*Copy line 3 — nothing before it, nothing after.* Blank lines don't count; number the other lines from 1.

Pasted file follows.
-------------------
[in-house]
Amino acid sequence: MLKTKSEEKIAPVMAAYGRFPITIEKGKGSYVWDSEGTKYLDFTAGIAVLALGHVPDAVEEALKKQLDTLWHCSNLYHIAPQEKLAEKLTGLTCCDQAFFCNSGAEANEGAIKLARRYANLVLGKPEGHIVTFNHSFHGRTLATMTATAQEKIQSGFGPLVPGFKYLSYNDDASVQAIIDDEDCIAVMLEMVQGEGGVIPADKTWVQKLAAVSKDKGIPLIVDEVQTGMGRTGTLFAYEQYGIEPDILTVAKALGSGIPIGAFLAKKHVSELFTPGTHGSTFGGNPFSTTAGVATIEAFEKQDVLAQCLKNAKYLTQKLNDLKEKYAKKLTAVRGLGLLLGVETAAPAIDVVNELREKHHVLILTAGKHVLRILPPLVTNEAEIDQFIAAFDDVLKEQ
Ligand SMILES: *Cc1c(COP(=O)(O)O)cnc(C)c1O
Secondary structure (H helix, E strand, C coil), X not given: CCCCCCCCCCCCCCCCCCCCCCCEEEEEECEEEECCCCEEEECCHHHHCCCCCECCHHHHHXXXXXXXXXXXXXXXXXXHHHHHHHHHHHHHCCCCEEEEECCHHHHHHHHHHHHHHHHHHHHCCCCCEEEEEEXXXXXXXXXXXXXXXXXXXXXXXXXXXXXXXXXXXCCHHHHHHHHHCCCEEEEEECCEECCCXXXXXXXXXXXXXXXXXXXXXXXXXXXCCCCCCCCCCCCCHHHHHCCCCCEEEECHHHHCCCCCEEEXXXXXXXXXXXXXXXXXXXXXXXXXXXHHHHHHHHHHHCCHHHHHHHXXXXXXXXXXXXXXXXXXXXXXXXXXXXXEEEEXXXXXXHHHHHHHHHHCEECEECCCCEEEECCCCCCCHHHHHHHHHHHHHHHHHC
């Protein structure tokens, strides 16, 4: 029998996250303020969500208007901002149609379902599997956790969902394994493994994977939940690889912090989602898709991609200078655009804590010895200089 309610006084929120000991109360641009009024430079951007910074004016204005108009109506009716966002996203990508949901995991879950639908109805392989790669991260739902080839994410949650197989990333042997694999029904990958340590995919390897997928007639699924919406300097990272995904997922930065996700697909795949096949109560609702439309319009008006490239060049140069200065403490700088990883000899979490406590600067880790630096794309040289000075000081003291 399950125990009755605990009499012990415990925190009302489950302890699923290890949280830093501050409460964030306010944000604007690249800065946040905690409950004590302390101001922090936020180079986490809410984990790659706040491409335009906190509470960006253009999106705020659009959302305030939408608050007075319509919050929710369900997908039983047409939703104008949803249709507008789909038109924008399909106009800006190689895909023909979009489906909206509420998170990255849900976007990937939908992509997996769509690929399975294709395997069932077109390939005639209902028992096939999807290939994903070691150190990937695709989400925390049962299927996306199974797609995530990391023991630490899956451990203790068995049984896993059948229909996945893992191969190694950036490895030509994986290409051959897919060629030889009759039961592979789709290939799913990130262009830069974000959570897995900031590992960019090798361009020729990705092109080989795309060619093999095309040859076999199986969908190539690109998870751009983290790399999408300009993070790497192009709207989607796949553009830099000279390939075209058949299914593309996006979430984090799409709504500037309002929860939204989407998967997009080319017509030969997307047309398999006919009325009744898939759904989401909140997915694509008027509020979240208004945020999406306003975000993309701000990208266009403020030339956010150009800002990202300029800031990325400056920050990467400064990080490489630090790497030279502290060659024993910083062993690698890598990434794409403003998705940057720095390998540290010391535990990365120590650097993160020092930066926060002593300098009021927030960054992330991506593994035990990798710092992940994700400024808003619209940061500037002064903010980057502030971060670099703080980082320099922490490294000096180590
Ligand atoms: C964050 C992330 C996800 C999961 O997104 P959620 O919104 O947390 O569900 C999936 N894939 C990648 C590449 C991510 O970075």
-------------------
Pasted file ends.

Ligand SMILES: *Cc1c(COP(=O)(O)O)cnc(C)c1O